Rupert Murdoch's unsolicited $5 billion takeover bid for Dow Jones & Co. has been turned down by the family that controls the company. The Dow Jones board of directors, which takes its cues from the Bancroft family, says it will weigh their opinion carefully.
According to Bloomberg News, the Bancroft stake is valued at more than $1.2 billion; the family controls more than 60 percent of the company's voting stock.
Murdoch, owner of media conglomerate News Corp., stunned the publishing world with his offer to buy Dow Jones, the parent company of The Wall Street Journal .
The media mogul's bid of $60 a share is 67 percent above Dow Jones' recent market value.
Shares of Dow Jones soared on news of the deal. In afternoon trading, the stock was up by nearly 21 points, at $57.28 a share.
Murdoch is in the process of launching a rival to CNBC — the Fox Business Channel — which he'll add to his empire of newspapers in Australia and the U.K, along with his other properties, such as The New York Post and the Fox News and TV networks.
If a sale went through, viewers could expect to see reporters from the Journal and other Dow Jones holdings disappear from CNBC's programs and materialize instead on Fox Business Channel.
Murdoch and his family control about 30 percent of News Corp., the world's No. 3 media conglomerate behind Time Warner and Walt Disney.
Dow Jones is one of the most heralded names in American media. It owns business and financial news publications, including the financial weekly Barrons, and the monthly Far Eastern Economic Review as well as The Wall Street Journal.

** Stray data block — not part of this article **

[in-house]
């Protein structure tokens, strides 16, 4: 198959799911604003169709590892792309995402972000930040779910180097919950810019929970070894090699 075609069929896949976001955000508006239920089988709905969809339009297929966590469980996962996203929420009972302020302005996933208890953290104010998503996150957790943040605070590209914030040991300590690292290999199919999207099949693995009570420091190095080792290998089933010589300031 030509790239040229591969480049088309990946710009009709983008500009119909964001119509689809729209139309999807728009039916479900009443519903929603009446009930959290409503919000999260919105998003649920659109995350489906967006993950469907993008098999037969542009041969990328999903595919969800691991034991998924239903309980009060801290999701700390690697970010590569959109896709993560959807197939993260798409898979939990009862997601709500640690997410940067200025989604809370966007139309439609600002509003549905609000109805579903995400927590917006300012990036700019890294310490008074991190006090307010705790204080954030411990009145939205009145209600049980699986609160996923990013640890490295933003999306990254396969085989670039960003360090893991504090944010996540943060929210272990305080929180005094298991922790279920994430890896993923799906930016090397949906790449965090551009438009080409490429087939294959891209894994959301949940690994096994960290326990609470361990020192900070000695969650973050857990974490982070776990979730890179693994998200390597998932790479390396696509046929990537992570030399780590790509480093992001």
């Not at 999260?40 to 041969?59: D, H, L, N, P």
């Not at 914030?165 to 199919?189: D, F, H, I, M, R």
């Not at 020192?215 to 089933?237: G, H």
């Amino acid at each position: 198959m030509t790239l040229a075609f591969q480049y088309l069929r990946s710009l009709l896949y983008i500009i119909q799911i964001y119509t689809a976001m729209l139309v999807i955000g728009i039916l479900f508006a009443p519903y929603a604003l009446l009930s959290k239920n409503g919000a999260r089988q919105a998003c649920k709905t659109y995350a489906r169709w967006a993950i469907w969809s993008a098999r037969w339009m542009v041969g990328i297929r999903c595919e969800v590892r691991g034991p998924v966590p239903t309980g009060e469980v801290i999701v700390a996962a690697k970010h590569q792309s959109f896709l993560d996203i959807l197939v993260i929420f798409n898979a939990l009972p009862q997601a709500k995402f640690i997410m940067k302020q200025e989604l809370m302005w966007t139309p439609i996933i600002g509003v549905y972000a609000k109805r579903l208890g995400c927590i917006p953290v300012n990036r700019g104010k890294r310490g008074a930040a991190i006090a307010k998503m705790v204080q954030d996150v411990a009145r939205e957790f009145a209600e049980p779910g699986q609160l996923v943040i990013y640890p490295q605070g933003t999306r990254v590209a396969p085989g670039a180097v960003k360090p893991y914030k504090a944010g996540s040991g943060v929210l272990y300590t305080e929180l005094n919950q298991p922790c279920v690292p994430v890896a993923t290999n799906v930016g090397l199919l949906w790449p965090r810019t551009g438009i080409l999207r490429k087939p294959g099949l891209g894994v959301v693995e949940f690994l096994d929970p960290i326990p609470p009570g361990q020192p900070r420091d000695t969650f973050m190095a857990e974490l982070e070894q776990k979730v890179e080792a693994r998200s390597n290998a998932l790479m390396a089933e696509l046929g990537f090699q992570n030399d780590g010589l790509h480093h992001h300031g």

The Bancroft family are the heirs of Clarence Barron.
The company's stock performance has been sluggish, reflecting job cuts stemming from declines in advertising sales. Those declines have become common to the newspaper industry as a result of shrinking circulation and migration to the Internet.
John Linehan of T Rowe Price says Dow Jones could pay a heavy price if its board rejects the News Corp. offer.
"If the Bancrofts aren't going to sell — to News Corp. or someone else today — they probably are never going to sell," Linehan says, "and at that point it's a very different game in terms of what your investment thesis is."
He foresees the potential of shareholder lawsuits against the company and of a sharp drop in the value of its stock.
The latest figures from the Audit Bureau of Circulations show The Wall Street Journal posted a 0.61 percent increase in daily circulation to 2.06 million for the six months ended March 31. That's second to Gannett-owned USA Today, which enjoyed a circulation bump of 0.23 percent to 2.28 million.
News Corp. has operations spanning film, television, and publishing. It produces and distributes movies through Fox Filmed Entertainment, while its FOX Broadcasting network has more than 200 affiliate stations in the U.S.
The company also owns and operates about 35 TV stations, as well as a portfolio of cable networks. Its publishing business includes HarperCollins, along with several newspapers and magazines. In addition, News Corp. owns almost 40 percent of satellite broadcasters DIRECTV and British Sky Broadcasting.